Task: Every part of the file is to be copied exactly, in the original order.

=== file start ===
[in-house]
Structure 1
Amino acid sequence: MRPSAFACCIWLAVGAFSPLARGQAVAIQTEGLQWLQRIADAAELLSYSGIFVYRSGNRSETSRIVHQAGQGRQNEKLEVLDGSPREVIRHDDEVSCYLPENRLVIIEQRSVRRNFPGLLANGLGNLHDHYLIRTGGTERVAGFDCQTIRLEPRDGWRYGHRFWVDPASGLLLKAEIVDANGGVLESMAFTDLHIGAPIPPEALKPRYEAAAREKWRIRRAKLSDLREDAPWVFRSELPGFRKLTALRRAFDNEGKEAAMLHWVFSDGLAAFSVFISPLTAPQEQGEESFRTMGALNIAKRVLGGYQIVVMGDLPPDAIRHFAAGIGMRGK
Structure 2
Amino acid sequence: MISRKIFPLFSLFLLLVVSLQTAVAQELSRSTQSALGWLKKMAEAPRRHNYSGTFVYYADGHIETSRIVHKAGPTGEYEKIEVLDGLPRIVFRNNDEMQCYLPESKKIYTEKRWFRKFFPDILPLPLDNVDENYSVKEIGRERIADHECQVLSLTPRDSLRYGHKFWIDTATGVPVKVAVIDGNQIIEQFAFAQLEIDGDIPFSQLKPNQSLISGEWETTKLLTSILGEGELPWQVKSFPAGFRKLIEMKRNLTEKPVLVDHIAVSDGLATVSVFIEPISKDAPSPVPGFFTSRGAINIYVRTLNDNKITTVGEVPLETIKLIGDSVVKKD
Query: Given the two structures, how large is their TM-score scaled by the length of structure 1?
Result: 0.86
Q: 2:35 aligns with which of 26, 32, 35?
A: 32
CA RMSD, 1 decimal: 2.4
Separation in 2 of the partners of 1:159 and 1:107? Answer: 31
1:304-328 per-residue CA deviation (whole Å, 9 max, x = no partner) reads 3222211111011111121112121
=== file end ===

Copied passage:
[in-house]
Structure 1
Amino acid sequence: MRPSAFACCIWLAVGAFSPLARGQAVAIQTEGLQWLQRIADAAELLSYSGIFVYRSGNRSETSRIVHQAGQGRQNEKLEVLDGSPREVIRHDDEVSCYLPENRLVIIEQRSVRRNFPGLLANGLGNLHDHYLIRTGGTERVAGFDCQTIRLEPRDGWRYGHRFWVDPASGLLLKAEIVDANGGVLESMAFTDLHIGAPIPPEALKPRYEAAAREKWRIRRAKLSDLREDAPWVFRSELPGFRKLTALRRAFDNEGKEAAMLHWVFSDGLAAFSVFISPLTAPQEQGEESFRTMGALNIAKRVLGGYQIVVMGDLPPDAIRHFAAGIGMRGK
Structure 2
Amino acid sequence: MISRKIFPLFSLFLLLVVSLQTAVAQELSRSTQSALGWLKKMAEAPRRHNYSGTFVYYADGHIETSRIVHKAGPTGEYEKIEVLDGLPRIVFRNNDEMQCYLPESKKIYTEKRWFRKFFPDILPLPLDNVDENYSVKEIGRERIADHECQVLSLTPRDSLRYGHKFWIDTATGVPVKVAVIDGNQIIEQFAFAQLEIDGDIPFSQLKPNQSLISGEWETTKLLTSILGEGELPWQVKSFPAGFRKLIEMKRNLTEKPVLVDHIAVSDGLATVSVFIEPISKDAPSPVPGFFTSRGAINIYVRTLNDNKITTVGEVPLETIKLIGDSVVKKD
Query: Given the two structures, how large is their TM-score scaled by the length of structure 1?
Result: 0.86
Q: 2:35 aligns with which of 26, 32, 35?
A: 32
CA RMSD, 1 decimal: 2.4
Separation in 2 of the partners of 1:159 and 1:107? Answer: 31
1:304-328 per-residue CA deviation (whole Å, 9 max, x = no partner) reads 3222211111011111121112121